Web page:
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Government Warned "Bonfire" Of EU Laws Could Clash With Windsor Framework

4 min read

Rishi Sunak's landmark Northern Ireland Protocol deal, the 'Windsor framework', is now facing growing concern that its success could be threatened by the government’s decision to push ahead with its controversial Retained EU Law bill.

On Monday, the Prime Minister announced he had struck a new deal with the EU in Windsor on trade arrangements between Great Britain and Northern Ireland – ending years of often fraught negotiations with the bloc on the issue.

Renamed the 'Windsor framework', the arrangement will see a reduction in border checks of goods flowing across the Irish sea, as well as a curtailment of the influence of the European Court of Justice (ECJ).

However, there are concerns that the framework, which has generally been warmly received by Westminster, could encounter some issues.

Shadow cabinet minister Baroness Jenny Chapman has told PoliticsHome that the ongoing lack of functioning government in Northern Ireland and the sunset clause in the in the Retained EU Law bill set for the end of this year, could mean “important provisions may not appear on the government's dashboard” in time.

The bill will see around 4,000 pieces of UK law derived from EU law expire from the statute books by 2024 unless the government chooses to retain it. In the meantime, government must seek to review, and either revise, replace or retain each law. 

Several leading legal experts have criticised the timeframe arguing it is not practical to sift through so much legislation in such a short period of time, and that it could risk divergence from agreements with the EU in areas like farming or safety standards. Supporters of the legislation – which was introduced by Liz Truss – argue that expediting the changes is a key part of signalling that the UK has fully left the EU.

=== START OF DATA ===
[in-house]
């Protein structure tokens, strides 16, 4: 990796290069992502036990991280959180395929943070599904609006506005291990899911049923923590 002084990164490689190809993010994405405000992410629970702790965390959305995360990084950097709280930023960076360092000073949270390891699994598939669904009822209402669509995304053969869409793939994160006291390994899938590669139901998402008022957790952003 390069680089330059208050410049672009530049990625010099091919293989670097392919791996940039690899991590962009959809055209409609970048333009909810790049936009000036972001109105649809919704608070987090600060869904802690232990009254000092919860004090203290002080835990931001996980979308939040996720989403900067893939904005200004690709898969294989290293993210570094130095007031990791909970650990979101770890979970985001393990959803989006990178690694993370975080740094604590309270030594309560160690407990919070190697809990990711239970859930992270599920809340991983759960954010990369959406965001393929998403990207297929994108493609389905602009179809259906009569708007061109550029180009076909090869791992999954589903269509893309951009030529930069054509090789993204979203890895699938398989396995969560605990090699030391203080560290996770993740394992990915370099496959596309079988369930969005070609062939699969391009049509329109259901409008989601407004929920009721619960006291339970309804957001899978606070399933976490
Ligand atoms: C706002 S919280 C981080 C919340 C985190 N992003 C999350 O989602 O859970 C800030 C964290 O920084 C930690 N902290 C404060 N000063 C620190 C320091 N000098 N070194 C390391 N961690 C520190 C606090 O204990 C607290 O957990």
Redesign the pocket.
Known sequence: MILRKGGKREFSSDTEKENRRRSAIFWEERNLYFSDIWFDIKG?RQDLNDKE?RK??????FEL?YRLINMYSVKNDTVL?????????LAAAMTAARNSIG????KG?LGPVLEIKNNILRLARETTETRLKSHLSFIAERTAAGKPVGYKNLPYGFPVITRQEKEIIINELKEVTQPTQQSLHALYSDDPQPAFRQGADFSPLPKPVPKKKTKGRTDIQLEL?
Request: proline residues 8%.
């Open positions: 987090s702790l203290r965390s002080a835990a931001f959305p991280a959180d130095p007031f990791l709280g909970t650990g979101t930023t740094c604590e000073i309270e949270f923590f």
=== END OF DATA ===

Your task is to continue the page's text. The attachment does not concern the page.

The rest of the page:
Chapman is set to deliver a speech in the House of Lords later today on an amendment to the Retained EU Law Bill she has proposed. Known as the “sovereignty amendment”, the change would seek to prevent UK law derived from EU legislation disappearing by accident at the end of the year. She is expected to tell peers that it is "a common sense amendment that respects the sovereignty of Parliament”.

“The government isn't being specific about what it wants to do in the run up to the end of the year when the sunset clause comes into force,” said Chapman.

“The concern we've got is that because there isn't a functioning assembly in Northern Ireland, that some important provisions may not appear on the government's dashboard - which is growing all the tim

“There are going to be things that are not included, and if some of those measures affect strand two obligations [of the Good Friday Agreement] or affect level playing field [commitments with the EU], then it has the potential of causing trade friction in the future.

“And the government just doesn't seem to want to engage with this discussion at all at this stage.”

Rishi Sunak and Ursula von der LeyenFollowing Sunak's announcement of the deal to parliament on Monday, Labour MP Stella Creasy raised the issue of the bill potentially interfering with arrangements with the EU on Northern Ireland and the risks of it triggering a trade war. 

“In order to support what he has presented to the House today, will the Prime Minister confirm that all remaining retained EU legislation will be retained in Northern Ireland itself, using the powers that he has and that Stormont currently cannot exercise?” said Creasy.

“If he does not, how can anybody have confidence that we will avoid the regulatory divergence and that trade war which could undermine everything he has presented today?”

Sunak said that government has committed to protecting against “trade and regulatory divergence” which includes “dialogue with businesses in Northern Ireland and also with the European Union”.

Chapman has said the government should amend the bill to ensure it avoids creating any barriers for the framework. 

“The sensible thing the government could do is change the way the bill works, so that measures can be revoked or rewritten,” said Chapman.

“But the government needs to bring those measures forward and identify them and explain what it is it wants to do - rather than at the moment [where] the default is measures fall, whether or not the government has even noticed they exist, which is just an anarchic and reckless way to govern.”

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